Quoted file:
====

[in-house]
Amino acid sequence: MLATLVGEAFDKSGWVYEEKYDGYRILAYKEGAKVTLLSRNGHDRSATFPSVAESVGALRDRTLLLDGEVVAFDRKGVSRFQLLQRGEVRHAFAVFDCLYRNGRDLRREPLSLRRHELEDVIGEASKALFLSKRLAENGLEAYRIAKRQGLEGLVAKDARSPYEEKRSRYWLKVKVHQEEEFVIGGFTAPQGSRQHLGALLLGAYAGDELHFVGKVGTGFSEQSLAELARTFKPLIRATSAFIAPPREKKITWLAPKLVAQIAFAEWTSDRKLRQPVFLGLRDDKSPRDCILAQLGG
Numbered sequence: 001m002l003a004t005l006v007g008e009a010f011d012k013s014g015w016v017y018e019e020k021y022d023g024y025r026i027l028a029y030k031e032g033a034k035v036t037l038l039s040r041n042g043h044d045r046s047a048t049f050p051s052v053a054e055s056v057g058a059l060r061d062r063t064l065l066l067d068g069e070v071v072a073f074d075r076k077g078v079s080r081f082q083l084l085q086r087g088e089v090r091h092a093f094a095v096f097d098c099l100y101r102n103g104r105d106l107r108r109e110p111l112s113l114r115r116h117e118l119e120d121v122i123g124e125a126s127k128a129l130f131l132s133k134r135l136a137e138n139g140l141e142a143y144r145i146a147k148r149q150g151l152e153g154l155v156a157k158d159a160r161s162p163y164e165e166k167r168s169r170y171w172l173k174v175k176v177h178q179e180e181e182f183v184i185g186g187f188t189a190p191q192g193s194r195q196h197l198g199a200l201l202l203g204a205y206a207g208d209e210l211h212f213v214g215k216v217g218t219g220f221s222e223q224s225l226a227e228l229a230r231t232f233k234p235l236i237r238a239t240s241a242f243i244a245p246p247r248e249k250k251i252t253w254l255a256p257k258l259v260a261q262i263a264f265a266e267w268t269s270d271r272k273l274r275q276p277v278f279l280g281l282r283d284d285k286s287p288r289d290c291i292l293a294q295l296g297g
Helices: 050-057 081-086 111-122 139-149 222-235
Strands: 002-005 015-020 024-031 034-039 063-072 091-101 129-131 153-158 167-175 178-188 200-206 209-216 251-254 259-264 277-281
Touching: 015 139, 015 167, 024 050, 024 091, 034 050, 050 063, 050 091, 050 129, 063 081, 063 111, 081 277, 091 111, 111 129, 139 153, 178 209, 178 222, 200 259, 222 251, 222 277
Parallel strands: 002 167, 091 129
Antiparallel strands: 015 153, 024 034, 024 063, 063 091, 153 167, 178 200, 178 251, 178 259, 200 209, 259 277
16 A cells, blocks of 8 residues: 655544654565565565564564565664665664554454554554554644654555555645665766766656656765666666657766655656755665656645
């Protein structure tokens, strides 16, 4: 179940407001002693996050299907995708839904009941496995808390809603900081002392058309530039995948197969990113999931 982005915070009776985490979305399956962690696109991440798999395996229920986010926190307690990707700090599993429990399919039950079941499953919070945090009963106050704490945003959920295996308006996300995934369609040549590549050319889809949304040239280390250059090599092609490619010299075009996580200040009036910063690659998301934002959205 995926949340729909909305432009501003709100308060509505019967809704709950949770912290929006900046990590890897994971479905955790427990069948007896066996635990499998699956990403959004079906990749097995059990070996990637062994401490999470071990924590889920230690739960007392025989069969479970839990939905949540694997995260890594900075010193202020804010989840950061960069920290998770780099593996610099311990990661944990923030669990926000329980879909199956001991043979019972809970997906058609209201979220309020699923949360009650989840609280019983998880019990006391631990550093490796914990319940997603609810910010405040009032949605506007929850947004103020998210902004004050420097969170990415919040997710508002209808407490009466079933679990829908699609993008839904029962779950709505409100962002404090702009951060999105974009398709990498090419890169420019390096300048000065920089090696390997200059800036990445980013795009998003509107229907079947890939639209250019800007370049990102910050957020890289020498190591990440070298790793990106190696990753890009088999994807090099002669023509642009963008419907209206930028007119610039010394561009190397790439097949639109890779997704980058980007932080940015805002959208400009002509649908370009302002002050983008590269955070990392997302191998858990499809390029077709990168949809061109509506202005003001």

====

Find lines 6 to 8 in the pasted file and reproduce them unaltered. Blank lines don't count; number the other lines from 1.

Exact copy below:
Touching: 015 139, 015 167, 024 050, 024 091, 034 050, 050 063, 050 091, 050 129, 063 081, 063 111, 081 277, 091 111, 111 129, 139 153, 178 209, 178 222, 200 259, 222 251, 222 277
Parallel strands: 002 167, 091 129
Antiparallel strands: 015 153, 024 034, 024 063, 063 091, 153 167, 178 200, 178 251, 178 259, 200 209, 259 277